Endophytes are microbes that live, for at least a portion of their life history, within plant tissues. Endophyte assemblages are often composed of a few abundant taxa and many infrequently observed, low-biomass taxa that are, in a word, rare. The ways in which most endophytes affect host phenotype are unknown; however, certain dominant endophytes can influence plants in ecologically meaningful ways—including by affecting growth and immune system functioning. In contrast, the effects of rare endophytes on their hosts have been unexplored, including how rare endophytes might interact with abundant endophytes to shape plant phenotype. Here, we manipulate both the suite of rare foliar endophytes (including both fungi and bacteria) and Alternaria fulva–a vertically transmitted and usually abundant fungus–within the fabaceous forb Astragalus lentiginosus. We report that rare, low-biomass endophytes affected host size and foliar %N, but only when the heritable fungal endophyte (A. fulva) was not present. A. fulva also reduced plant size and %N, but these deleterious effects on the host could be offset by a negative association we observed between this heritable fungus and a foliar pathogen. These results demonstrate how interactions among endophytic taxa determine the net effects on host plants and suggest that the myriad rare endophytes within plant leaves may be more than a collection of uninfluential, commensal organisms, but instead have meaningful ecological roles.

    more » « less
  5. Abstract

    Molecular ecology regularly requires the analysis of count data that reflect the relative abundance of features of a composition (e.g., taxa in a community, gene transcripts in a tissue). The sampling process that generates these data can be modelled using the multinomial distribution. Replicate multinomial samples inform the relative abundances of features in an underlying Dirichlet distribution. These distributions together form a hierarchical model for relative abundances among replicates and sampling groups. This type of Dirichlet‐multinomial modelling (DMM) has been described previously, but its benefits and limitations are largely untested. With simulated data, we quantified the ability of DMM to detect differences in proportions between treatment and control groups, and compared the efficacy of three computational methods to implement DMM—Hamiltonian Monte Carlo (HMC), variational inference (VI), and Gibbs Markov chain Monte Carlo. We report that DMM was better able to detect shifts in relative abundances than analogous analytical tools, while identifying an acceptably low number of false positives. Among methods for implementing DMM, HMC provided the most accurate estimates of relative abundances, and VI was the most computationally efficient. The sensitivity of DMM was exemplified through analysis of previously published data describing lung microbiomes. We report that DMM identified several potentially pathogenic, bacterial taxa as more abundant in the lungs of children who aspirated foreign material during swallowing; these differences went undetected with different statistical approaches. Our results suggest that DMM has strong potential as a statistical method to guide inference in molecular ecology.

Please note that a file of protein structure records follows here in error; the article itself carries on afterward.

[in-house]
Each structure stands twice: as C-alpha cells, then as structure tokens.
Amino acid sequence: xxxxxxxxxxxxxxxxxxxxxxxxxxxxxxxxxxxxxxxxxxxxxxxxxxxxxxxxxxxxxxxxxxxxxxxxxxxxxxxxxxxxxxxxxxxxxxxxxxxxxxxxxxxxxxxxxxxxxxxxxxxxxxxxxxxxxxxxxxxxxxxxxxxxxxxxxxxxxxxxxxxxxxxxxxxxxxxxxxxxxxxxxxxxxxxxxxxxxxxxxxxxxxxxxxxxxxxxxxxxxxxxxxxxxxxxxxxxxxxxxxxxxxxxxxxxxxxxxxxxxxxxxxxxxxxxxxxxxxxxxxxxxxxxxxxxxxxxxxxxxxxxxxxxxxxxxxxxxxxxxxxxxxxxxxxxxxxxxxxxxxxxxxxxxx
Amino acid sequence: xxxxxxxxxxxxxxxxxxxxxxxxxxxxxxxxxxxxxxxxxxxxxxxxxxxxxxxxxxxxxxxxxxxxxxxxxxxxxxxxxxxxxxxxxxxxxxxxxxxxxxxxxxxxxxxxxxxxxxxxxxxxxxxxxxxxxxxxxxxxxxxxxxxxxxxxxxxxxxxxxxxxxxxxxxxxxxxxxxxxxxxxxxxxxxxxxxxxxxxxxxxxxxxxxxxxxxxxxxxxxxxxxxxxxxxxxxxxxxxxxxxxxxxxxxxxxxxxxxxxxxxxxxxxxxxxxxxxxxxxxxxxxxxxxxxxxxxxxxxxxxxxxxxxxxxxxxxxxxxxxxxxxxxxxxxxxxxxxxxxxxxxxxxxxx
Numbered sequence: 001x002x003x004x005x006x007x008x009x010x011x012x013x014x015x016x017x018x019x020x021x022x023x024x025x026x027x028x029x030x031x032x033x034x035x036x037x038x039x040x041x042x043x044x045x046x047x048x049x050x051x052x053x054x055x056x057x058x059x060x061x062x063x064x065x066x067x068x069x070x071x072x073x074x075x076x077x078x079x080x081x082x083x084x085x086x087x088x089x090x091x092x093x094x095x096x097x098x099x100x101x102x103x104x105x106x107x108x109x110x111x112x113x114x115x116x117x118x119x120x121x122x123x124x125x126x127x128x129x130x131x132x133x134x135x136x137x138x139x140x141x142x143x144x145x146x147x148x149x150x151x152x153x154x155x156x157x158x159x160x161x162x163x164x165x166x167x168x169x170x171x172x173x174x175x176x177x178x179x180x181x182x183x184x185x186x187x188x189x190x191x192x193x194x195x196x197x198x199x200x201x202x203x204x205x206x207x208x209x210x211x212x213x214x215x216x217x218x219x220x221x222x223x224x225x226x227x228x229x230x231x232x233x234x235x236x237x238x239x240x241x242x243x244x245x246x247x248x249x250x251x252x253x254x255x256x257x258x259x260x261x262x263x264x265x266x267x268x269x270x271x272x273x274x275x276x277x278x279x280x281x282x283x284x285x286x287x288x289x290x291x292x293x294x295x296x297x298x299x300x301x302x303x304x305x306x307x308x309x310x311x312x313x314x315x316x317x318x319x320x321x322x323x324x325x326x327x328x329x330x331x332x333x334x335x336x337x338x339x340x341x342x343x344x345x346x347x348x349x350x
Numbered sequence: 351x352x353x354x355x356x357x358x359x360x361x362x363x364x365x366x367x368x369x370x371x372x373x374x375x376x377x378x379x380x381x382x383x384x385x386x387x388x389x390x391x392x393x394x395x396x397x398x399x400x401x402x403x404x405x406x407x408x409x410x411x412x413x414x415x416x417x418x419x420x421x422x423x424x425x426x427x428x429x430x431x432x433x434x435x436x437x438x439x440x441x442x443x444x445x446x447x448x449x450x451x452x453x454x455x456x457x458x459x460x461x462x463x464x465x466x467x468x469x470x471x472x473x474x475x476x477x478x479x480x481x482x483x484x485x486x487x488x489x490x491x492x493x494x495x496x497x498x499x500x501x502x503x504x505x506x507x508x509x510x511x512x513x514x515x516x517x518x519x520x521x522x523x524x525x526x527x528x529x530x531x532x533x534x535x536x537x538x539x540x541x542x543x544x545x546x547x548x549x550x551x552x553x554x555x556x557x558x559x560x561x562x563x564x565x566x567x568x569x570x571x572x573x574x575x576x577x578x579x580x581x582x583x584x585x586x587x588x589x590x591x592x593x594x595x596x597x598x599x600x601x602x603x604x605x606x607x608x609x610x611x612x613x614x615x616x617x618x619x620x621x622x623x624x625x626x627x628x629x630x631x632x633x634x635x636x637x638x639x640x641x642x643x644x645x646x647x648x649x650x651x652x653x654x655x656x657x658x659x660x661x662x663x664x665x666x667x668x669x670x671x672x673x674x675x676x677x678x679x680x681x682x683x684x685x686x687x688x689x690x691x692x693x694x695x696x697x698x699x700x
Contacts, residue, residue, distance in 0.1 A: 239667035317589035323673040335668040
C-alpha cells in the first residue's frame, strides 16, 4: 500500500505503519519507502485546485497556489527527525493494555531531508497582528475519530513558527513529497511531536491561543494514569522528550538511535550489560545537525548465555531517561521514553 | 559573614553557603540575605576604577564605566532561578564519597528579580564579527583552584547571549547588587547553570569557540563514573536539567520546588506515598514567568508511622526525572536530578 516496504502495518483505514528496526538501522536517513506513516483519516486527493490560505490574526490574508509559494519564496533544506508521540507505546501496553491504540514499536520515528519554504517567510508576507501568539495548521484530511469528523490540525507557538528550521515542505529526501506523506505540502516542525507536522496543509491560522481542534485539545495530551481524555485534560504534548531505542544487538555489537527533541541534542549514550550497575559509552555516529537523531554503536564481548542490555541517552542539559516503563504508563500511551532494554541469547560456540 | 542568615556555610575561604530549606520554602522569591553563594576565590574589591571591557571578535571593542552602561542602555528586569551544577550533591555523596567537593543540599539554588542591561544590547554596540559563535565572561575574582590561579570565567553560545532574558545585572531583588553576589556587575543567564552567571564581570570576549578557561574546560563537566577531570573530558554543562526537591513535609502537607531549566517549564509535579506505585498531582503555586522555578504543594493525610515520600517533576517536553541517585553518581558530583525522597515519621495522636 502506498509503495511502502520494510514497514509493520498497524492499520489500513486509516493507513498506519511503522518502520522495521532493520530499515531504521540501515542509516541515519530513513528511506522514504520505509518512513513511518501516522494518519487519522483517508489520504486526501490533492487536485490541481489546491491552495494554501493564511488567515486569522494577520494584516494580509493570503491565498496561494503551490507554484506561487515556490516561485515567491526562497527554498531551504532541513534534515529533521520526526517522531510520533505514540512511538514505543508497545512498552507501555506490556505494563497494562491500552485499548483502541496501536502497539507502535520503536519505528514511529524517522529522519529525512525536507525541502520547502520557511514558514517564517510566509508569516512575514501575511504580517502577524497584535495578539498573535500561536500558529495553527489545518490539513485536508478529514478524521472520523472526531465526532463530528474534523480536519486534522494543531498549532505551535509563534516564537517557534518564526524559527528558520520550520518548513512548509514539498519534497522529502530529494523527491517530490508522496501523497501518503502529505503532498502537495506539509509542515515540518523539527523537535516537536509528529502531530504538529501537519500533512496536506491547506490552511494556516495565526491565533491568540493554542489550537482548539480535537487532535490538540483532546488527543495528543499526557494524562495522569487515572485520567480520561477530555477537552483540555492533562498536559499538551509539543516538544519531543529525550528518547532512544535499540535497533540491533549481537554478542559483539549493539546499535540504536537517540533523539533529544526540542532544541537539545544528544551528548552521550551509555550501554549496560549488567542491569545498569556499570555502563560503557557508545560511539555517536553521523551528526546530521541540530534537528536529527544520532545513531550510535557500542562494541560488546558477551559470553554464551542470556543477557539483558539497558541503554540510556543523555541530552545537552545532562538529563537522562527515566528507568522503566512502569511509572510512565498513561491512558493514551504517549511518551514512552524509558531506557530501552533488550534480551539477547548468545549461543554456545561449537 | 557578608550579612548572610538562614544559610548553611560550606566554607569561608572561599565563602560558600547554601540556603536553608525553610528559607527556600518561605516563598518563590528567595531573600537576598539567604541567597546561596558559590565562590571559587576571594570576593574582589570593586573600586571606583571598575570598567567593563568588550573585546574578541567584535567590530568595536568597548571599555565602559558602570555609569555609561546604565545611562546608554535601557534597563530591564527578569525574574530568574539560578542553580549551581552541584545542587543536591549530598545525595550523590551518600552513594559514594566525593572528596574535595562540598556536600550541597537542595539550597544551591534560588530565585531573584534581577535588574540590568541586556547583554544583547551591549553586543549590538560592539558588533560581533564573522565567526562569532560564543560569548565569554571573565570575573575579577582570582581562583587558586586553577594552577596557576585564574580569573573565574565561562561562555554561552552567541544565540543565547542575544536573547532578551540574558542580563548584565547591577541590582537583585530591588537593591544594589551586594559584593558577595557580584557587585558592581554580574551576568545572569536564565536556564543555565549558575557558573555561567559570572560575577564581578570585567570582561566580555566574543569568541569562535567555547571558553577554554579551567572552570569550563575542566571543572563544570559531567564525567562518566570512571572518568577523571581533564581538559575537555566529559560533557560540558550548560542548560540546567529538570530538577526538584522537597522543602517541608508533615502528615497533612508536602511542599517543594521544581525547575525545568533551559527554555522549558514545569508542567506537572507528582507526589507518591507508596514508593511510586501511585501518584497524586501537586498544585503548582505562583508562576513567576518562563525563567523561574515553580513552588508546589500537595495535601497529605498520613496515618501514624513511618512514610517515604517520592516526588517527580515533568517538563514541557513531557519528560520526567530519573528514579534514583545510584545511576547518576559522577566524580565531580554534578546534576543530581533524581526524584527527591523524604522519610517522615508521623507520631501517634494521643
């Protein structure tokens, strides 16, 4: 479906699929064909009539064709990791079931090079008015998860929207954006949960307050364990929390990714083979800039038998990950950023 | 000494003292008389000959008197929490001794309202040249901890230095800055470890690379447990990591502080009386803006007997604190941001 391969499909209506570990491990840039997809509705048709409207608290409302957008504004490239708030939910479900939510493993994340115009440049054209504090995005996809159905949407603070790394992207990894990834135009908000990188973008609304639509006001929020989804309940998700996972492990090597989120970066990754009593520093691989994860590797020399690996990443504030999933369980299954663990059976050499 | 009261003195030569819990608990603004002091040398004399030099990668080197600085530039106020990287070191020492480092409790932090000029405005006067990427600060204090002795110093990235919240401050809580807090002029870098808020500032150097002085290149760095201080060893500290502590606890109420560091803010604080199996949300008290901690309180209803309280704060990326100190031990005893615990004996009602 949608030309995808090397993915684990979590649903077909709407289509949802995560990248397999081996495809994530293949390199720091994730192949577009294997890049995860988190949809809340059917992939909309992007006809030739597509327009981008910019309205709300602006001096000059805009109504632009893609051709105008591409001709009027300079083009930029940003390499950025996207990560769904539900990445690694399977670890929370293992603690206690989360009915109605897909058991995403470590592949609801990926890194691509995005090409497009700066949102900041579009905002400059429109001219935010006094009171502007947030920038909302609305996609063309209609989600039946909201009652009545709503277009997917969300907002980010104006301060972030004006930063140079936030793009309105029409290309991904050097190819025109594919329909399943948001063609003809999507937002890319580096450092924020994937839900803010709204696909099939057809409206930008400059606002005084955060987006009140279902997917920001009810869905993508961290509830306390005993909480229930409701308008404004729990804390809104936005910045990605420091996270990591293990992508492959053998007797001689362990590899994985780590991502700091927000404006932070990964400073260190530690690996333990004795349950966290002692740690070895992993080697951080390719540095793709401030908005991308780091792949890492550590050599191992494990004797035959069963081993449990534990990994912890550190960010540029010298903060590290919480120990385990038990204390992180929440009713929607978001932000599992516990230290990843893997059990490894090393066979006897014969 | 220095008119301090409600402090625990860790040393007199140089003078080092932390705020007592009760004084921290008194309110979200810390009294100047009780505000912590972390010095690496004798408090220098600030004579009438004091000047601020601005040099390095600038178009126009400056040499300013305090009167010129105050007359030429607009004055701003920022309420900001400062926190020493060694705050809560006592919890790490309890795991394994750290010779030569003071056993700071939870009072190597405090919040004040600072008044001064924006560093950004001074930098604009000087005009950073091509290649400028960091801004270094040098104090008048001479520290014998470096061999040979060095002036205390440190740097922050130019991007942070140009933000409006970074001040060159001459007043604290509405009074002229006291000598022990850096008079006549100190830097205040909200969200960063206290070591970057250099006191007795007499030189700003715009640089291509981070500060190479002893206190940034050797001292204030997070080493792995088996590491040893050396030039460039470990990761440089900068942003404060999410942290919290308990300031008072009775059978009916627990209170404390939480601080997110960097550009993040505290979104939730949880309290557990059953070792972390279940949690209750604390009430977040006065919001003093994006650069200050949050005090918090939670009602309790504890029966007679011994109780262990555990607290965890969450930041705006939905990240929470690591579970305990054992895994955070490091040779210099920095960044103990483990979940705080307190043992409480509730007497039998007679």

more » « less
  6. Abstract

    Certain general facets of biotic response to climate change, such as shifts in phenology and geographic distribution, are well characterized; however, it is not clear whether the observed similarity of responses across taxa will extend to variation in other population‐level processes. We examined population response to climatic variation using long‐term incidence data (collected over 42 years) encompassing 149 butterfly species and considerable habitat diversity (10 sites along an elevational gradient from sea level to over 2,700 m in California). Population responses were characterized by extreme heterogeneity that was not attributable to differences in species composition among sites. These results indicate that habitat heterogeneity might be a buffer against climate change and highlight important questions about mechanisms maintaining interpopulation differences in responses to weather. Despite overall heterogeneity of response, population dynamics were accurately predicted by our model for many species at each site. However, the overall correlation between observed and predicted incidence in a cross validation analysis was moderate (Pearson'sr = 0.23,SE0.01), and 97% of observed data fell within the predicted 95% credible intervals. Prediction was most successful for more abundant species as well as for sites with lower annual turnover. Population‐level heterogeneity in response to climate variation and the limits of our predictive power highlight the challenges for a future of increasing climatic variability.

    more » « less
  7. Shade, Ashley (Ed.)

    Different methods are commonly used to assign core microbiome membership, leading to methodological inconsistencies across studies. In this study, we review a set of the most commonly used core microbiome assignment methods and compare their core assignments using both simulated and empirical data.

    more » « less
  8. Anderton, Christopher R. (Ed.)

    The rhizosphere, the zone of soil surrounding plant roots, is a hot spot for microbial activity, hosting bacteria capable of promoting plant growth in ways like increasing nutrient availability or fighting plant pathogens. This microbial system is highly diverse and most bacteria are unculturable, so to identify specific bacteria associated with plant growth, we used culture-independent community DNA sequencing combined with machine learning techniques.

    more » « less